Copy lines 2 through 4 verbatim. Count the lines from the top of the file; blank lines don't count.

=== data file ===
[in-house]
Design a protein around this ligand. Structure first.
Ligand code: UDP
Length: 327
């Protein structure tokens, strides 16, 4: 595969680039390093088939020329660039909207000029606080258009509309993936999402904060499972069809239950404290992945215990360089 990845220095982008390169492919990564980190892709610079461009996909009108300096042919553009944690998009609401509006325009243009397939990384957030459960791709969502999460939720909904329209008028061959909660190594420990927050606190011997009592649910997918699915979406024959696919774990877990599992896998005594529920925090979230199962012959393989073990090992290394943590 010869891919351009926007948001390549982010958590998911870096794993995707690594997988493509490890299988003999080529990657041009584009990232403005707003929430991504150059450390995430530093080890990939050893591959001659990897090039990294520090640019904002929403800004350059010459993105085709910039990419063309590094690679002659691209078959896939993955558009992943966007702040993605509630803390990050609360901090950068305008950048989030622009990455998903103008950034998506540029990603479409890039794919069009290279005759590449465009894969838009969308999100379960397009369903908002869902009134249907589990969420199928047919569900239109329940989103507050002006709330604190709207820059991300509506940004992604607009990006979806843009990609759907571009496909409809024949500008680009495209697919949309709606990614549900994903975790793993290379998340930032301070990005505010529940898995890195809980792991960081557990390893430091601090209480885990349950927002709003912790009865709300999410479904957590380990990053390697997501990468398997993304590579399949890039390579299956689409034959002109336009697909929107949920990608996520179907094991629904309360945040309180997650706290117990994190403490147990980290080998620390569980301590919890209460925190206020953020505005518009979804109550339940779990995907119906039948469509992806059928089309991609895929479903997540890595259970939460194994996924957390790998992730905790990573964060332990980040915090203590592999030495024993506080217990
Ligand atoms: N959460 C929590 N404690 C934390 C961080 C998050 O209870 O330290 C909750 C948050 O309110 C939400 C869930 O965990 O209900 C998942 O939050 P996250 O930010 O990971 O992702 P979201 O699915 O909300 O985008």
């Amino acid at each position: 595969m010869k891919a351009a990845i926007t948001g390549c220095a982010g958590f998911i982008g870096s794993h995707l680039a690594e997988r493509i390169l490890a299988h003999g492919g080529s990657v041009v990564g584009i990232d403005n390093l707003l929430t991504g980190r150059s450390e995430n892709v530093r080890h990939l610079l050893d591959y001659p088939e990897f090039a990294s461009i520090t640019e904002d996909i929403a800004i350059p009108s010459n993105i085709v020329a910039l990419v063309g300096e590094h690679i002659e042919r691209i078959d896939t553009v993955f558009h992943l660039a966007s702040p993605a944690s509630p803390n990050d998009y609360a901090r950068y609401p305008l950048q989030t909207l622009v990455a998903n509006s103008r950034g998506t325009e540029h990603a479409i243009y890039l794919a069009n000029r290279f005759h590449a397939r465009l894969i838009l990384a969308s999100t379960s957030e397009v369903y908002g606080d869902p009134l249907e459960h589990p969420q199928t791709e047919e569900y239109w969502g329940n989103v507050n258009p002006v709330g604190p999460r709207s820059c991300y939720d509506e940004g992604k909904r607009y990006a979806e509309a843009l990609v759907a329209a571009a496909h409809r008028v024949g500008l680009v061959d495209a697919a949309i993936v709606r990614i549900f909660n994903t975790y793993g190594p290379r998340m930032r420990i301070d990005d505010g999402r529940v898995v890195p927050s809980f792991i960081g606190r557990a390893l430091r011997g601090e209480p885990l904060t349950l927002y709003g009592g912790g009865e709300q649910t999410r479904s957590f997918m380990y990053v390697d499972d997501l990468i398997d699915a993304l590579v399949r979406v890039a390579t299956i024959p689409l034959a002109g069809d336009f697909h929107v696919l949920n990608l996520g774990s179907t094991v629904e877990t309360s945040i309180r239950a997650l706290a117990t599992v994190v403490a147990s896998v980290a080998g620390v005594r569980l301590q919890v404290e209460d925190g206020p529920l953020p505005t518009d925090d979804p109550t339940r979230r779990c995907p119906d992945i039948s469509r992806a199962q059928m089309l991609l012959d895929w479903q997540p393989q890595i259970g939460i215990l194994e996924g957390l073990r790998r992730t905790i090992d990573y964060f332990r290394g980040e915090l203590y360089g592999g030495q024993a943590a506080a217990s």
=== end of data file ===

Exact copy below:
Design a protein around this ligand. Structure first.
Ligand code: UDP
Length: 327